Those traveling through the Black Hills in South Dakota ought to take a trip to Custer State Park and enjoy some of the scenic drives. The Wildlife Loop is an 18-mile drive that could take up to an hour or so if you took your time to enjoy the scenery and the many animals.
I packed up my Jeep, threw in a few snacks, and got my dog Indiana settled in the back for the drive to Custer State Park from Rapid City. It took about a half an hour to get there and because it was earlier in the morning, the roads were empty. There were so many places to stop and take in the view while on the road. Even Indiana was entertained by the wildlife, to include the burro that stuck his head in my car.
The long and winding road goes through rolling prairies and hills covered in pine trees. Even without the many animals, the drive itself is incredibly scenic and beautiful. However, if you want to see the animals in action, you have a higher chance of seeing them on a morning drive. I was in awe of the endless beauty of the hills, the stark contrast of the browning grass and the dark green trees.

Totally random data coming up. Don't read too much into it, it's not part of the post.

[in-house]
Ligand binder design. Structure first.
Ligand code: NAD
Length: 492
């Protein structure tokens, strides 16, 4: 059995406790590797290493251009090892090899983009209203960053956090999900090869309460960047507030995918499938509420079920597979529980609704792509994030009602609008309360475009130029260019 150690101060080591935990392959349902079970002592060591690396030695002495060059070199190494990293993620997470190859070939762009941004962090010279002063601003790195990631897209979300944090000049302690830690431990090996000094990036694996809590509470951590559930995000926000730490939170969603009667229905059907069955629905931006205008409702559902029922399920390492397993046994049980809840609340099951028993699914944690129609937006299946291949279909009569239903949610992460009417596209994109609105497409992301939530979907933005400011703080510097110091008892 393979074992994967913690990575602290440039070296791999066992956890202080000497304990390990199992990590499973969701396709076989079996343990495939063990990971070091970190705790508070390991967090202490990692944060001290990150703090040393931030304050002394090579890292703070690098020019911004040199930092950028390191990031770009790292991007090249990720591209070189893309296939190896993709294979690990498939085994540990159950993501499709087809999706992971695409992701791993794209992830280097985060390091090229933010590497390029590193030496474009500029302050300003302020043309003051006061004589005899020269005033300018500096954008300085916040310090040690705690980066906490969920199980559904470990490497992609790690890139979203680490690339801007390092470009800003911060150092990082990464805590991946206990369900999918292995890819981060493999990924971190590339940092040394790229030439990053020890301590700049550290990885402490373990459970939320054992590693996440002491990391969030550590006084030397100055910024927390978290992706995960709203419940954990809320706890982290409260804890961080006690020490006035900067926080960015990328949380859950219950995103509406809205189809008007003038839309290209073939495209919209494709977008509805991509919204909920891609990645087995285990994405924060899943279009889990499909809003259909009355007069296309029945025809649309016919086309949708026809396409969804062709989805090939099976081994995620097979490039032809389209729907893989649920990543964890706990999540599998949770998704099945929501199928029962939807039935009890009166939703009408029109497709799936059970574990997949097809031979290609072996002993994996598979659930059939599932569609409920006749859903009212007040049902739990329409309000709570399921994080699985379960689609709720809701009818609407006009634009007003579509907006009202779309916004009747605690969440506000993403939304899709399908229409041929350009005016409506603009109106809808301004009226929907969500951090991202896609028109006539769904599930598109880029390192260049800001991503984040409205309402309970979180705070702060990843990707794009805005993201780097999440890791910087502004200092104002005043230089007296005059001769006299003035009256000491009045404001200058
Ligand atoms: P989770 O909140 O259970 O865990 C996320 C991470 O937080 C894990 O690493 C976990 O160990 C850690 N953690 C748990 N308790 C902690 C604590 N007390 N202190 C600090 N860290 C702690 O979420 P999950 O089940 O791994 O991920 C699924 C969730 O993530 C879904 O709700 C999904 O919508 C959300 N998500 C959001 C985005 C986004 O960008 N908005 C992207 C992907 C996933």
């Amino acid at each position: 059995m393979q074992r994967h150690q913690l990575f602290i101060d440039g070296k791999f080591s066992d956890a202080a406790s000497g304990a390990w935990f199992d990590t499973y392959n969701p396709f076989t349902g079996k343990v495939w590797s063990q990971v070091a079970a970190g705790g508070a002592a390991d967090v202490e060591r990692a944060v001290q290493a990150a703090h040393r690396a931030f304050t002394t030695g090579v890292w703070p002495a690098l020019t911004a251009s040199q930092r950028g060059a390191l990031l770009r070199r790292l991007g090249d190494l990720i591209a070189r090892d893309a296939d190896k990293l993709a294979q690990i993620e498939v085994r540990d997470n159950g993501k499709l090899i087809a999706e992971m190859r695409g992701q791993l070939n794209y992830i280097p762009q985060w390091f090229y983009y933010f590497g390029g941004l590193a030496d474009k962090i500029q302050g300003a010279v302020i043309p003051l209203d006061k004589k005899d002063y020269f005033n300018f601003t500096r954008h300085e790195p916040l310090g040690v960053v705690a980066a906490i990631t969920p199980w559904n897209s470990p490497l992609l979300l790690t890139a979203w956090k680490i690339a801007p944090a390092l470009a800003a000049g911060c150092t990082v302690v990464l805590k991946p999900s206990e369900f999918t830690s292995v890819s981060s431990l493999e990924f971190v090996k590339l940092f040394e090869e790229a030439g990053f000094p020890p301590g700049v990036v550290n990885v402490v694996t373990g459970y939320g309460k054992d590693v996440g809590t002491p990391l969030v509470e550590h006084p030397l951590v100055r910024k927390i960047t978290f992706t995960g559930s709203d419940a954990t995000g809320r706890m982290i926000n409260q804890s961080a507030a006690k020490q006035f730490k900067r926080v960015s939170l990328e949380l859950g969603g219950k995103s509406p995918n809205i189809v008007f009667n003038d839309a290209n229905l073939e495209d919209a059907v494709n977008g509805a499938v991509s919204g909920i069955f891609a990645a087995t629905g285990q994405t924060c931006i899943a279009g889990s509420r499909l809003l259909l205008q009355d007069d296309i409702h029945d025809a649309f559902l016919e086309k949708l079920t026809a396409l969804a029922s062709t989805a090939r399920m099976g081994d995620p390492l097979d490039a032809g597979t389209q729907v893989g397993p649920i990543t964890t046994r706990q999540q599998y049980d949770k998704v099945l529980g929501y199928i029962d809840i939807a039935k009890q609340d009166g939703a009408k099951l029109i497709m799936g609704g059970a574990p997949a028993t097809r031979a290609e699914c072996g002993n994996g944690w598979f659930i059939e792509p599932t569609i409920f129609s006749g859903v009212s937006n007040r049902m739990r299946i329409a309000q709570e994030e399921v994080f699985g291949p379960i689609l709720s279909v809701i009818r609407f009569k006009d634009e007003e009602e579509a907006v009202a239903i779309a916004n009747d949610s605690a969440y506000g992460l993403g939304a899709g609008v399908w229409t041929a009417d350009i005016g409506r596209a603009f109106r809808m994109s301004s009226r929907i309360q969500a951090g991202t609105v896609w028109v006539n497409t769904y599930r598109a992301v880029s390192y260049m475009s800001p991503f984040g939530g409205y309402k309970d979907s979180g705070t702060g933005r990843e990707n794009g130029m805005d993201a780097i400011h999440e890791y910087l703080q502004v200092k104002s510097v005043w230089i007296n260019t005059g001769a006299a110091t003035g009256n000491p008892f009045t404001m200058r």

The park is a wildlife refuge and all of the animals roam freely. They do what they want and it’s wise to stay on the established road for your safety. Most notably, the park is home to over 1,300 buffalo. They can be seen from a distance but some wander pretty close to the road. Buffalo seem friendly, but they are large, fast, and dangerous creatures, therefore caution must be taken around them. However, they are quite beautiful to watch.
Other wildlife include whitetail and mule deer, antelope, mountain goats, elk, coyotes, burros, bighorn sheep, wild turkeys and prairie dogs. The animals blended into their surroundings and it took some slow driving careful watching to find them. The animals I encountered were pretty comfortable around vehicles and continued on their way as if I wasn’t even there.
The burros were my favorite. Although wild, they’re used to walking up to passing vehicles and begging for food. They’re very gentle and friendly and one of them decided to say hello by peeking into my car. Many visitors bring apples and carrots for the burros but it’s discouraged to feed them per the park rules.
The prairie dogs had their little communities. They protected their turf and hid when you got too close. Many of them were communicating with each other, their squeaks and chirps filling the air.
There are two hiking trails located along the loop. They include the Prairie Trail, which is about three miles, and the Centennial Trail, where 22 of its 111 miles are located within the park. I have yet to hike either of them, but there will be a future post or two on them!